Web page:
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Titolo:
Role of wake inducing brain stem area on rapid eye movement sleep regulation in freely moving cats
Autore:
Thankachan, S; Islam, F; Mallick, BN;
Indirizzi:
Jawaharlal Nehru Univ, Sch Life Sci, New Delhi 110067, India Jawaharlal Nehru Univ New Delhi India 110067 ci, New Delhi 110067, India
Titolo Testata:
BRAIN RESEARCH BULLETIN
fascicolo: 1, volume: 55, anno: 2001,
pagine: 43 - 49
SICI:
0361-9230(20010501)55:1<43:ROWIBS>2.0.ZU;2-P
Fonte:
ISI
Lingua:
ENG
Soggetto:
LOCUS-COERULEUS NEURONS; WAKING CYCLE; UNIT-ACTIVITY; CATAPLEXY; NUCLEUS; RAT;
Keywords:
brain stem neuron; EEG desynchronization; mid-brain reticular formation; REM-OFF neuron; REM-ON neuron; REM sleep;
Tipo documento:
Article
Natura:
Periodico
Settore Disciplinare:
Life Sciences
Citazioni:
27
Recensione:
Indirizzi per estratti:
Indirizzo: Mallick, BN Jawaharlal Nehru Univ, Sch Life Sci, New Delhi 110067, India Jawaharlal Nehru Univ New Delhi India 110067 i 110067, India
Citazione:
S. Thankachan et al., "Role of wake inducing brain stem area on rapid eye movement sleep regulation in freely moving cats", BRAIN RES B, 55(1), 2001, pp. 43-49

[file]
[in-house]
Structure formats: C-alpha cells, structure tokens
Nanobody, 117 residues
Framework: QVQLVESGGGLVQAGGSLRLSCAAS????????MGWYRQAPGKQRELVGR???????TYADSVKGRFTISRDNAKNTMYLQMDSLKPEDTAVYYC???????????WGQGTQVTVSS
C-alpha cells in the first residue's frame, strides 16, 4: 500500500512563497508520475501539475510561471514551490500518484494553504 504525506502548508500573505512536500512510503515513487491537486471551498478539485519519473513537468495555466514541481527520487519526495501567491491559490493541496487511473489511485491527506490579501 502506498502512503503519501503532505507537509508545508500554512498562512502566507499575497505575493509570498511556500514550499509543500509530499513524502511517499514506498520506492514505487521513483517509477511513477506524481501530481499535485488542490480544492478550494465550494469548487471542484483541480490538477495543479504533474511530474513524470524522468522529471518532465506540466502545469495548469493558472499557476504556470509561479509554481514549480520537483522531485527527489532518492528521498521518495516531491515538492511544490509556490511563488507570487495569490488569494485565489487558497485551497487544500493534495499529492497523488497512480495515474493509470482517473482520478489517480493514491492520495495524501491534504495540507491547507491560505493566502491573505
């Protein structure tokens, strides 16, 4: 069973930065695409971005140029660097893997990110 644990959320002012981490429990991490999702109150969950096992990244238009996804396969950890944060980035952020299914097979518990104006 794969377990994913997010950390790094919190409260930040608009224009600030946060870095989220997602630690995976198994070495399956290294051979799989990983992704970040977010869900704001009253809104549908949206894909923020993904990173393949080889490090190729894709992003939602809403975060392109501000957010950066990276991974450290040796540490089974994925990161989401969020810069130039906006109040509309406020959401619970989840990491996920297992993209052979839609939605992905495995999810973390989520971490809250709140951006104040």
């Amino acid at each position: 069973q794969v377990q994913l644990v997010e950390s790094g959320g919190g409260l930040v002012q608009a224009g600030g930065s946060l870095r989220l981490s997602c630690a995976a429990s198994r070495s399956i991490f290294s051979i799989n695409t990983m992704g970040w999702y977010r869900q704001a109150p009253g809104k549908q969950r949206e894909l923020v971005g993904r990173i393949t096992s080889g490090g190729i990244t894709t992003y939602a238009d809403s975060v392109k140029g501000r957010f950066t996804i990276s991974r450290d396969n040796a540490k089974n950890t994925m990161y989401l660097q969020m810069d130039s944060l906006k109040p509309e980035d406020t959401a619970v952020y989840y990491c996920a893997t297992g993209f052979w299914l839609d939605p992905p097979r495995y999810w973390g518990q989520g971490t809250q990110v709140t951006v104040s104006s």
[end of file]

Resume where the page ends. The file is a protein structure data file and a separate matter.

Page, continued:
Abstract

Some of the characteristic symptoms associated with rapid eye movement (REM) sleep are opposite to, while some apparently resemble, those of wakefulness. Therefore, it was hypothesised that the neurons present in the wakefulness inducing area(s) in the brain are likely to communicate with the REM sleep related neurons. Brain stem neurons were classified based on their firing rates in relation to electrophysiological correlates associated with spontaneous sleep and wakefulness recorded from freely moving, normally behaving cats. Thereafter, the responses of those classified neurons to stimulation of brain stem reticular wakefulness inducing area were studied. Resultsfrom 63 neurons showed that the wake inducing area affected 62% of the neurons. Fifty-eight percent of the neurons which increased firing during wakefulness, including the REM-OFF neurons, were excited, while 70% of the neurons which decreased firing during wakefulness, including the REM-ON neurons, were inhibited. These observations support our hypothesis and, along withtheir physiological significance, are discussed. (C) 2001 Elsevier ScienceInc.

ASDD Area Sistemi Dipartimentali e Documentali, Università di Bologna, Catalogo delle riviste ed altri periodici
Documento generato il 30/03/20 alle ore 10:07:36